Long before the downfall of his mentor Carlos Ghosn, Nissan Motor Co. Chief Executive Officer Hiroto Saikawa had pushed to win more power for the Japanese carmaker in its strained alliance with Renault SA. Now he has a chance to do just that.

Saikawa, 65, has emerged as the main winner from Nissan Chairman Ghosn's shock arrest on Nov. 19 for suspected financial offenses, putting him in a position to re-balance what he and others at the Japanese company view as an increasingly lopsided partnership. Exactly how that might occur is unclear, but the idea of an outright merger between Renault and Nissan — a deal that Ghosn had advocated for over opposition from Saikawa and others — is almost certainly dead.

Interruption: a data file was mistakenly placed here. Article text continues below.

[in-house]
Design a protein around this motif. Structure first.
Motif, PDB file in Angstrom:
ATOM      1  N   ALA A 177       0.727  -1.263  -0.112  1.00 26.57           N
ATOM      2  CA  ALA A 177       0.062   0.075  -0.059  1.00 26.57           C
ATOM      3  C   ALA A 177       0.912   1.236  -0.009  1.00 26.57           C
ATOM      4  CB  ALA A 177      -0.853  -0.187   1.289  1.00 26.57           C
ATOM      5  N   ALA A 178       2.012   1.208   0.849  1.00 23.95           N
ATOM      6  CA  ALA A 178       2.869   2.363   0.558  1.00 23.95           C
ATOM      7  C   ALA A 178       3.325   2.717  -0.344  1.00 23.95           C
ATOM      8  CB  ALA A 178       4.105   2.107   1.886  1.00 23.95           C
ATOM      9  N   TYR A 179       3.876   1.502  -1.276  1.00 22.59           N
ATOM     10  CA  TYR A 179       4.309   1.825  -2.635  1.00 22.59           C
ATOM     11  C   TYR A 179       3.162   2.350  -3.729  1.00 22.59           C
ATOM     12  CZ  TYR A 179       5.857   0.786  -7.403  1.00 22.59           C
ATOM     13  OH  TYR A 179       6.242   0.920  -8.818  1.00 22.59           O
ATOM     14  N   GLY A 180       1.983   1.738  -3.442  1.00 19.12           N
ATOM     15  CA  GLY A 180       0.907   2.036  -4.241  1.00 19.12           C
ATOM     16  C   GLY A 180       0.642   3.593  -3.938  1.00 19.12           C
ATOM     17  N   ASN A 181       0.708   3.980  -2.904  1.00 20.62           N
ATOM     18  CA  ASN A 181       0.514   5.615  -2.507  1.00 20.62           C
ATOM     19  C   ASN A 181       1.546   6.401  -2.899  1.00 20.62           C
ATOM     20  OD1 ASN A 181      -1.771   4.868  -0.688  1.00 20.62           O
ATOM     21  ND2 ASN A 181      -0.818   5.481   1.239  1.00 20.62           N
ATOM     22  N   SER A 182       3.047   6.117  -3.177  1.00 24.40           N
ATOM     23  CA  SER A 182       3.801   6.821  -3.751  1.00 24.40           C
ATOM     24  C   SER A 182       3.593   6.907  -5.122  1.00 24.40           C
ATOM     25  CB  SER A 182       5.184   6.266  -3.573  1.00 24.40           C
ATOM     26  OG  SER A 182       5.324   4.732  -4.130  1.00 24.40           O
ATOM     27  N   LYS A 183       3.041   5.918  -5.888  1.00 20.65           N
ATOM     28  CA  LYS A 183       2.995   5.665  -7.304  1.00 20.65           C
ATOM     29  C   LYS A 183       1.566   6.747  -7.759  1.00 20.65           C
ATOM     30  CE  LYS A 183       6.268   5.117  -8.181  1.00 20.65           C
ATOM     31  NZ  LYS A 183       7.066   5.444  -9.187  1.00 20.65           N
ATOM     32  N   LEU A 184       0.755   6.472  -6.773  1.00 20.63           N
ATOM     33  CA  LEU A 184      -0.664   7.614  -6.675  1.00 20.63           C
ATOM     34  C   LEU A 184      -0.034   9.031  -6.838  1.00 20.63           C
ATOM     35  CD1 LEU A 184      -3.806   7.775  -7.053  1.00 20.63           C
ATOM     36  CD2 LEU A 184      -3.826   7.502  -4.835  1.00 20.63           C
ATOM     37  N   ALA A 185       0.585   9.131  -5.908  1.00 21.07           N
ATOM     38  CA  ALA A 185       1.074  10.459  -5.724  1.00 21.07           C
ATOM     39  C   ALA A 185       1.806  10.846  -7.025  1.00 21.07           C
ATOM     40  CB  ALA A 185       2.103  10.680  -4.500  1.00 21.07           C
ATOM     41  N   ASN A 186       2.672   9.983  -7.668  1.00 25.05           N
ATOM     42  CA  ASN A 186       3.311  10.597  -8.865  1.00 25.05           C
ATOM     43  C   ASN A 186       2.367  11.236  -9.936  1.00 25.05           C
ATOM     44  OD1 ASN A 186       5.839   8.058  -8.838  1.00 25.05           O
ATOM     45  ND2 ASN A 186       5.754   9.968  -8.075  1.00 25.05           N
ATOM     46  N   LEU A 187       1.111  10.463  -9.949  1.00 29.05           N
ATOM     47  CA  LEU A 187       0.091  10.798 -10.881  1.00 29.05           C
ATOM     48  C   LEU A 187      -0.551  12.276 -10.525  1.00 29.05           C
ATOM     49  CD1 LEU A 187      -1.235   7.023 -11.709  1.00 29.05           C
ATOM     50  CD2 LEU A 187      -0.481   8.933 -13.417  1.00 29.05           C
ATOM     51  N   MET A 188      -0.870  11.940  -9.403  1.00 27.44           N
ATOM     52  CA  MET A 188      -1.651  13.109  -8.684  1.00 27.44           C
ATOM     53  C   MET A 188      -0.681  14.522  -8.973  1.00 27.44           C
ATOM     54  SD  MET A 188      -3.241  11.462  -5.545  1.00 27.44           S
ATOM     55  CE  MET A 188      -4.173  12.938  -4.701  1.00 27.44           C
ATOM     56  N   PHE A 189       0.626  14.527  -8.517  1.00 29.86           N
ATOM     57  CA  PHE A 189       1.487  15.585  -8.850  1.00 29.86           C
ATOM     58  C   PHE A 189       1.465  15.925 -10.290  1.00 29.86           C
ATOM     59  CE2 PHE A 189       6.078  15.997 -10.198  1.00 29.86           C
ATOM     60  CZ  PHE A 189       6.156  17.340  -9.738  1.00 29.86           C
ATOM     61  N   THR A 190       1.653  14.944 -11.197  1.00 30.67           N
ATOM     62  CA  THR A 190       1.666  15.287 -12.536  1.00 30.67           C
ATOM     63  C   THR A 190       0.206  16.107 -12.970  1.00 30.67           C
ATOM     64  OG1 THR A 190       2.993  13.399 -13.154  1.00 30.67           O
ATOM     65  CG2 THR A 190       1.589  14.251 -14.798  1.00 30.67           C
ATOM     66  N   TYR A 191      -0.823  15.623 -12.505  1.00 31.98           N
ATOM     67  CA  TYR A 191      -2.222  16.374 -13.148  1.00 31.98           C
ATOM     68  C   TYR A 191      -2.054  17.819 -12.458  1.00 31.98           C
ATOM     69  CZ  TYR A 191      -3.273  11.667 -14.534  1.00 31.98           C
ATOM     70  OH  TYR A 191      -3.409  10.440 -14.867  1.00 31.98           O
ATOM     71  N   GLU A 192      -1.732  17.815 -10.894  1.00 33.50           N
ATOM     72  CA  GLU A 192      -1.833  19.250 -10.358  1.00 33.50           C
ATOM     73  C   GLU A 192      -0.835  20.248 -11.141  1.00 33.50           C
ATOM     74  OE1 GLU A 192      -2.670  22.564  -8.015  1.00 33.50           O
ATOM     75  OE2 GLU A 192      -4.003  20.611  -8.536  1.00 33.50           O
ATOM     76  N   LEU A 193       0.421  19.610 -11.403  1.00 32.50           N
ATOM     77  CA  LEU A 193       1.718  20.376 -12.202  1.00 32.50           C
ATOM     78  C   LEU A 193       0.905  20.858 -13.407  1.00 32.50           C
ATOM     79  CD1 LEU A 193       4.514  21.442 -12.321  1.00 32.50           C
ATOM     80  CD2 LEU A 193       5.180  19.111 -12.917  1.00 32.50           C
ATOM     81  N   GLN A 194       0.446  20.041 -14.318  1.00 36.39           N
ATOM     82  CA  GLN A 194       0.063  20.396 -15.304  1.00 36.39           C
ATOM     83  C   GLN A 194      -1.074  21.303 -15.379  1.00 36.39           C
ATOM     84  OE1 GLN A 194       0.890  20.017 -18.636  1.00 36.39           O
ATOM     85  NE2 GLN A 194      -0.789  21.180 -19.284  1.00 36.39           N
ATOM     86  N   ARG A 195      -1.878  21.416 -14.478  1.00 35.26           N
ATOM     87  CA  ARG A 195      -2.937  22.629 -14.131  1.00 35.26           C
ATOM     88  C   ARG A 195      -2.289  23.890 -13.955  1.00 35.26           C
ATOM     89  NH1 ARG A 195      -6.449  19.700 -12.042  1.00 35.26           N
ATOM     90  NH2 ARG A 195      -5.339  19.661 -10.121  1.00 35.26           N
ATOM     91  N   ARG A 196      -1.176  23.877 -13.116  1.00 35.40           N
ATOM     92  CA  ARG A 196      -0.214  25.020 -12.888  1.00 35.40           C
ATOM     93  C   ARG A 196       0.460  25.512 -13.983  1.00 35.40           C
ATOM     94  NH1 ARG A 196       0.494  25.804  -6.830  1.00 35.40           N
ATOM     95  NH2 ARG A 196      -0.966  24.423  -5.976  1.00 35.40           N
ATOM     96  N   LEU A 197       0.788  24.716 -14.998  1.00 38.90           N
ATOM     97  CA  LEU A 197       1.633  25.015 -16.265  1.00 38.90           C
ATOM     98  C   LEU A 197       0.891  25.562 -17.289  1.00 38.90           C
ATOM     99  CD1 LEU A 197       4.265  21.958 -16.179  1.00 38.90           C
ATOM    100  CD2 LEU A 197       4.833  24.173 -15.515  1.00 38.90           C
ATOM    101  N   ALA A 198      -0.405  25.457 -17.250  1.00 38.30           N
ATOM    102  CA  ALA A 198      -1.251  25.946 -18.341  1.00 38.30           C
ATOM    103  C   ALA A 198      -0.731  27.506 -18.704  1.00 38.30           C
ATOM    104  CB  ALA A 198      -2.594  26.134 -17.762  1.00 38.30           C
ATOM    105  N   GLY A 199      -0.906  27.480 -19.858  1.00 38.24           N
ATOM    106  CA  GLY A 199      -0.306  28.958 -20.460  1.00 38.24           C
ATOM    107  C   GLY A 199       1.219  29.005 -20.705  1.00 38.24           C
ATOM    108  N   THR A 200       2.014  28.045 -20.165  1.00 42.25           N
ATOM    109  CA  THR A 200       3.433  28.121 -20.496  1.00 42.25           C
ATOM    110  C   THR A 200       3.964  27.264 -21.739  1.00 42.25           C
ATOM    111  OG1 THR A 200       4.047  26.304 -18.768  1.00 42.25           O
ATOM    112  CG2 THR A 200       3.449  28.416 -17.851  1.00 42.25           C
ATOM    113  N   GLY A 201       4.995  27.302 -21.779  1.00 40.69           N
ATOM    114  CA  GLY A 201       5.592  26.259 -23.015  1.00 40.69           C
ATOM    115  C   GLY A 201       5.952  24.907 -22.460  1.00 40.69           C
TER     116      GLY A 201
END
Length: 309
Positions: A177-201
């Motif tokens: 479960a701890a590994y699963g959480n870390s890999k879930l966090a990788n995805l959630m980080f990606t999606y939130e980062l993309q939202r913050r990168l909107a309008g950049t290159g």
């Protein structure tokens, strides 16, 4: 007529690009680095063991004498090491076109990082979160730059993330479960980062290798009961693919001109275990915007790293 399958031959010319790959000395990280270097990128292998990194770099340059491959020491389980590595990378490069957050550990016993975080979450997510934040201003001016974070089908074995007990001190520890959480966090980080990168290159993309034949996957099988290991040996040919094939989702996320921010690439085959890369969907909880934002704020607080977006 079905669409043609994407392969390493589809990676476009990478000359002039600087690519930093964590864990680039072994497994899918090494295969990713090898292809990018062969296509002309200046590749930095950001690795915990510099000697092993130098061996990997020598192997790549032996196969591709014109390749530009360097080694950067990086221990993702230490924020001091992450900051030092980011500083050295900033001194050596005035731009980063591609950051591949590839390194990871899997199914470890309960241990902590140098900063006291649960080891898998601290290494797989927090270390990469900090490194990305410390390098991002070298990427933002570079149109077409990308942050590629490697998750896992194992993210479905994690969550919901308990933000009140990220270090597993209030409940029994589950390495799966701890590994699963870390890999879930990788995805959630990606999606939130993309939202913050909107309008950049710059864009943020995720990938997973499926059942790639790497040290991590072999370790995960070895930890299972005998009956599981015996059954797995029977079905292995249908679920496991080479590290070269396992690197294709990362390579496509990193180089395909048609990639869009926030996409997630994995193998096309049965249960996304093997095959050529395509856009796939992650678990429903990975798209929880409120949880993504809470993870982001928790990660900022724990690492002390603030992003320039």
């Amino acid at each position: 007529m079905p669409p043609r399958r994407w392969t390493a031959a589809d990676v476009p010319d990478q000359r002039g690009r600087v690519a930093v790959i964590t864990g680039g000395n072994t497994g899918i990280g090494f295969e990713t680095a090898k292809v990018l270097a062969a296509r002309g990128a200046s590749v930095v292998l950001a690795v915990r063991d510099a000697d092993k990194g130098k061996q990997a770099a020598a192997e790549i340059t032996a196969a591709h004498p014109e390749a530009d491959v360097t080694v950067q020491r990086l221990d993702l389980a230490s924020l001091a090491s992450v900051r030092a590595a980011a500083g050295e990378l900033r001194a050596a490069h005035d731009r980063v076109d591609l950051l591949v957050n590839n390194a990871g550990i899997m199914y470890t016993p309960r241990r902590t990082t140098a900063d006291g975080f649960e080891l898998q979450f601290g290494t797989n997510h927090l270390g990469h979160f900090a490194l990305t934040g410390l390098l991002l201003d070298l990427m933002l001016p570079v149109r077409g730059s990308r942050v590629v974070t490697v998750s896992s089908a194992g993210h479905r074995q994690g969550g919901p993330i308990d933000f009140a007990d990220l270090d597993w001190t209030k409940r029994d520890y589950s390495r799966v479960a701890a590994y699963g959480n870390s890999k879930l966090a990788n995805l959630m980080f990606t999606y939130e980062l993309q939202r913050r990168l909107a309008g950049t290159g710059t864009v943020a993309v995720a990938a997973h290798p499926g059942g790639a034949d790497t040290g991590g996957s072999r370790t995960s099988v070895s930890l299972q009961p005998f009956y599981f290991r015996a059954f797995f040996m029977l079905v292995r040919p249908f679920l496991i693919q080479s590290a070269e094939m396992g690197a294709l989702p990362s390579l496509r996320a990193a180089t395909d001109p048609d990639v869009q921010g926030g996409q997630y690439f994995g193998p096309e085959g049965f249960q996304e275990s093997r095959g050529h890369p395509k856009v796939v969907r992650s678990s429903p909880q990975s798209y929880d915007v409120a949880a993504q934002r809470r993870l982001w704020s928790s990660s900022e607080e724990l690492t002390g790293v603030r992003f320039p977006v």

"It's a coup. Ghosn's era is over," said Tatsuo Yoshida, an analyst at Sawakami Asset Management and a former Nissan employee. "Saikawa is in a position to represent anti-Ghosn sentiment that's been building up for years within Nissan."